If the AED indicates "shock advised" go to step 7.
If the AED indicates that the victim does not need to be shocked, check his or her pulse again. If there is no pulse, do CPR (ventilations and chest compressions) for one minute, advise onlookers to stand clear, and analyze again. Repeat this sequence of CPR and analysis every minute until help arrives.
Step 7: Press the "shock" button, if advised. Make sure no one is touching the victim.
If the AED determines that the victim does need to be shocked, it will prompt you to press the shock button. To ensure the safety of onlookers, make sure no one is touching the victim. Call out, "Shock indicated. Stand clear!" Or, say, "I'm clear, you're clear, we're all clear," or words to this effect. Then, press the shock button. Sometimes, the victim will be revived after just one shock.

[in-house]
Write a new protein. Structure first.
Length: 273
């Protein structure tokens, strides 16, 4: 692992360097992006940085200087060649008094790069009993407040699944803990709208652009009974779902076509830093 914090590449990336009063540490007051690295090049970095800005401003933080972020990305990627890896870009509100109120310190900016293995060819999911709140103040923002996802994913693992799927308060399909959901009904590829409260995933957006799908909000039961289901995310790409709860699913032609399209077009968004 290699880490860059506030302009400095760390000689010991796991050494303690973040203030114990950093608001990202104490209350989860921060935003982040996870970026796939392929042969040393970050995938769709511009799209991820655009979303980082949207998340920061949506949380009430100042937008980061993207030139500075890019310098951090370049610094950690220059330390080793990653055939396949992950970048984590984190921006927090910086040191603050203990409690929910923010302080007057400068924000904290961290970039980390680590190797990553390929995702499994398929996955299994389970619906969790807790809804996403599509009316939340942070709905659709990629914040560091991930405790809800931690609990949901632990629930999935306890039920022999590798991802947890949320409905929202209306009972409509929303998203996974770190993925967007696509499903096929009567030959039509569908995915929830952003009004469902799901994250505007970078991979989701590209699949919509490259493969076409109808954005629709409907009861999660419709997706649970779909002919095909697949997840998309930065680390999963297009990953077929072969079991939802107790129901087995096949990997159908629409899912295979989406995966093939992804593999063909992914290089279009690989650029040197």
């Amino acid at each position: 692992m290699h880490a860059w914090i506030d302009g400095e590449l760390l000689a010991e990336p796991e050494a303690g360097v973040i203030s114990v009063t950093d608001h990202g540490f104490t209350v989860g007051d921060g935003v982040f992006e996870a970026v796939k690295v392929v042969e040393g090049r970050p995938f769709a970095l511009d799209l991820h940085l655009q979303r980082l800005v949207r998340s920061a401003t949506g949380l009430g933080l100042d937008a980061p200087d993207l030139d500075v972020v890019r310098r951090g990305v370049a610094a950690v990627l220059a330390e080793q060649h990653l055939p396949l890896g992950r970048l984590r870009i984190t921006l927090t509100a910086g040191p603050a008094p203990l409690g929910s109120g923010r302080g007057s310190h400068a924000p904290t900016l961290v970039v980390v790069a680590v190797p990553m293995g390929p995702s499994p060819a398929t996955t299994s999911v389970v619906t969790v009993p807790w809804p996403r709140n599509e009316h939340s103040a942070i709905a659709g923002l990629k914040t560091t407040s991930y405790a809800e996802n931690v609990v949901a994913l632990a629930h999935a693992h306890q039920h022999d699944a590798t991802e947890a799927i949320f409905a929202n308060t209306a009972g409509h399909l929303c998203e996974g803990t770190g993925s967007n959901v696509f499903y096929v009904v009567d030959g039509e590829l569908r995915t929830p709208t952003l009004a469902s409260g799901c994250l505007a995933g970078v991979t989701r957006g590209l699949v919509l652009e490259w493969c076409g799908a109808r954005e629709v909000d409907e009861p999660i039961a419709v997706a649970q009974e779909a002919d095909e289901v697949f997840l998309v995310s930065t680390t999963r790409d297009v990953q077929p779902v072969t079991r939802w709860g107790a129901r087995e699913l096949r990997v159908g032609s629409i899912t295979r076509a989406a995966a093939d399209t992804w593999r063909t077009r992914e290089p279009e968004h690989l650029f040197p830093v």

After the first shock is delivered, immediately analyze again. If the AED advises that another shock is needed, press the shock button a second time.
After the second shock is delivered, immediately analyze again. If the AED advises that another shock is needed, press the shock button a third time.
After three shocks, if the victim still has no pulse, do CPR (ventilations and chest compressions) for one minute.
Then, if there still is no pulse, give additional sets of three quick shocks, interspersed with one minute of CPR, until the AED prompts that no shock is indicated.
Note: The AED will deliver appropriate energy levels for each shock. Continue cycles of one minute of CPR followed by heart rhythm analysis and appropriate shocks until advanced help arrives.